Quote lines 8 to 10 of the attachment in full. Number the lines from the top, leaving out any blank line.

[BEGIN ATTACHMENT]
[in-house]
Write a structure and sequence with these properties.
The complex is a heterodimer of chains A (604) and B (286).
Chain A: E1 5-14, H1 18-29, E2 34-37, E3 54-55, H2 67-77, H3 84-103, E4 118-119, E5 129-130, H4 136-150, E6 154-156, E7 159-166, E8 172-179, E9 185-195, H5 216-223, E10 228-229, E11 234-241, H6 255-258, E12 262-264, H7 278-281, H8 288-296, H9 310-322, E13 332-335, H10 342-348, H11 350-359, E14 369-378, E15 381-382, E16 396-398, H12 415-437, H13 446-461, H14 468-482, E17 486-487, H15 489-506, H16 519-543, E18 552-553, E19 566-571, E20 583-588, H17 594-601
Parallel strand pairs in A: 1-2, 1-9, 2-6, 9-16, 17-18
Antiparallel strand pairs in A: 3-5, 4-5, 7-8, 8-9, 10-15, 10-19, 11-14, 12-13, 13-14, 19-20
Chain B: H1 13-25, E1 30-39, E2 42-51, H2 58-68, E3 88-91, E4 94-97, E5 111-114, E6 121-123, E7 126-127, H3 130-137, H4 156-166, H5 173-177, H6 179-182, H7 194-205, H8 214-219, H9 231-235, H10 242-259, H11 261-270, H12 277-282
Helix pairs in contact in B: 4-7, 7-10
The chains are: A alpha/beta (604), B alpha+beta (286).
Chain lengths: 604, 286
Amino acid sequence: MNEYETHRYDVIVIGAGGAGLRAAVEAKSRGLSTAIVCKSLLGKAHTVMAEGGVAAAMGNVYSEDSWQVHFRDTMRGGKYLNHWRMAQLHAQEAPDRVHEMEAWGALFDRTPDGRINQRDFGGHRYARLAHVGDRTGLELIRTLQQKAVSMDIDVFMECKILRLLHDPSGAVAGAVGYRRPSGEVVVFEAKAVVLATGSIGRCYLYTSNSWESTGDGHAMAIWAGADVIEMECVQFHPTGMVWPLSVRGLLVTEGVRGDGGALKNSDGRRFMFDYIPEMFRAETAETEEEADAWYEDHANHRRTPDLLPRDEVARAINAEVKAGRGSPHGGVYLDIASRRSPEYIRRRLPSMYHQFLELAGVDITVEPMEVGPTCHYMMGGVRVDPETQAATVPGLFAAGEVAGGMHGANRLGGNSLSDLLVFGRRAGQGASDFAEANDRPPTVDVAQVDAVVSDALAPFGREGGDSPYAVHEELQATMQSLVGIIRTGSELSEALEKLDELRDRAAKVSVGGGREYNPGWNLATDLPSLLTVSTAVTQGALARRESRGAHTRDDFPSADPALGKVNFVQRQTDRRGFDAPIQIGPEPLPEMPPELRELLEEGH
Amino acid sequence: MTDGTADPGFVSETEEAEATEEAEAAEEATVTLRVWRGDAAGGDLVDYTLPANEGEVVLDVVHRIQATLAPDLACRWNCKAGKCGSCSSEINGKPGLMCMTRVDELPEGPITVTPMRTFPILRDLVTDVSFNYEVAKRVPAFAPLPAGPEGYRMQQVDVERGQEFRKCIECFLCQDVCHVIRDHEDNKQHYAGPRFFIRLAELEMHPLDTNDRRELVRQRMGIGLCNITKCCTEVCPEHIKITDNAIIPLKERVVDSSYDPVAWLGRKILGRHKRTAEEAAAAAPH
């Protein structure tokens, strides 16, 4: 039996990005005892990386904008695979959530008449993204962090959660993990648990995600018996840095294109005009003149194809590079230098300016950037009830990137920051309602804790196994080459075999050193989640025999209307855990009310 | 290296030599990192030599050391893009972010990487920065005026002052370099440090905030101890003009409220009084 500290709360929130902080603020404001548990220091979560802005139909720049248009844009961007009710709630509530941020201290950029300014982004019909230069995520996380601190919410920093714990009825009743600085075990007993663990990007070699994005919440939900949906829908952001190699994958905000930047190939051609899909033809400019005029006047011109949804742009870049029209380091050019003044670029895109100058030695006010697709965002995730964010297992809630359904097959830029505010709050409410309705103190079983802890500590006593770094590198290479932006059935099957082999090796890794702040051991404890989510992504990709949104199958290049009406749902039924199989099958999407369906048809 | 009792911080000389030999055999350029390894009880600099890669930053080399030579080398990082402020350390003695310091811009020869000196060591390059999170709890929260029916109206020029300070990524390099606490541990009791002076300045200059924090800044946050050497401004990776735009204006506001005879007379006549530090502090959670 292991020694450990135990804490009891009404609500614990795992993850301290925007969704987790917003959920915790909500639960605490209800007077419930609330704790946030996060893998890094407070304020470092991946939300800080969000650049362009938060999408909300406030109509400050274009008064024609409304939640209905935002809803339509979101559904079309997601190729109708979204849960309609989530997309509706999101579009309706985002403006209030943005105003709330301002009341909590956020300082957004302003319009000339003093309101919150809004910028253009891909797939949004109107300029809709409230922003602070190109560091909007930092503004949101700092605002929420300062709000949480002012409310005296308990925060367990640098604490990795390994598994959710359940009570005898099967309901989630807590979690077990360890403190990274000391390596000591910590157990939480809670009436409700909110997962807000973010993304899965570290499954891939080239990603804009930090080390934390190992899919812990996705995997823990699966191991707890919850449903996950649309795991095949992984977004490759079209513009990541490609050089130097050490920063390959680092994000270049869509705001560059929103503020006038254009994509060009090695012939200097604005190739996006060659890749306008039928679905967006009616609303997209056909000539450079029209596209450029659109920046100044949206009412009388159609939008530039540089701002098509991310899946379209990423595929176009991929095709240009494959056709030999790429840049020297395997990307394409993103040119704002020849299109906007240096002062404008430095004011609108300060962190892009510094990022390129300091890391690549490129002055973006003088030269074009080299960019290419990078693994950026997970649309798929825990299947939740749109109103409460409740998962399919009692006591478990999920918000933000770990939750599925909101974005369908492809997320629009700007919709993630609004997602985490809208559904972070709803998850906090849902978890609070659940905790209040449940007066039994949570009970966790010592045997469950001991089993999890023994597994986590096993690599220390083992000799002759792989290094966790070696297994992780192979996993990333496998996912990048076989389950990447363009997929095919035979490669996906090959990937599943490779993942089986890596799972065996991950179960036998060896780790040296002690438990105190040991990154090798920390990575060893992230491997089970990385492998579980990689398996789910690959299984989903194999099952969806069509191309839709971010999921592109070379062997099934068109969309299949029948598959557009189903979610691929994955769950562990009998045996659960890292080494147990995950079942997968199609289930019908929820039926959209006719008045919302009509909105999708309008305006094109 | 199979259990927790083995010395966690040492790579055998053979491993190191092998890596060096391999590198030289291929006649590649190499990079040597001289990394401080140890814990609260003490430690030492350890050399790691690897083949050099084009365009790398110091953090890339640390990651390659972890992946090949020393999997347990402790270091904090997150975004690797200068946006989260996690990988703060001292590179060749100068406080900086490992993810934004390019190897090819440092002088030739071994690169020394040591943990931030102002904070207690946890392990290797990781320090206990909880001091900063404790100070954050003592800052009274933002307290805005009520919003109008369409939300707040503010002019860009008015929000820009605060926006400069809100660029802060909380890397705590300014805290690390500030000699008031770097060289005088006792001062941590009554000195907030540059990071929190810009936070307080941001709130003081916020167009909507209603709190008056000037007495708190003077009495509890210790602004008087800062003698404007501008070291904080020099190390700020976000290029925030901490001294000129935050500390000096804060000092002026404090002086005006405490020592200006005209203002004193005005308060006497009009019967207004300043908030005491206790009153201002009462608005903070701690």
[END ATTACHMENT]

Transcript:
Helix pairs in contact in B: 4-7, 7-10
The chains are: A alpha/beta (604), B alpha+beta (286).
Chain lengths: 604, 286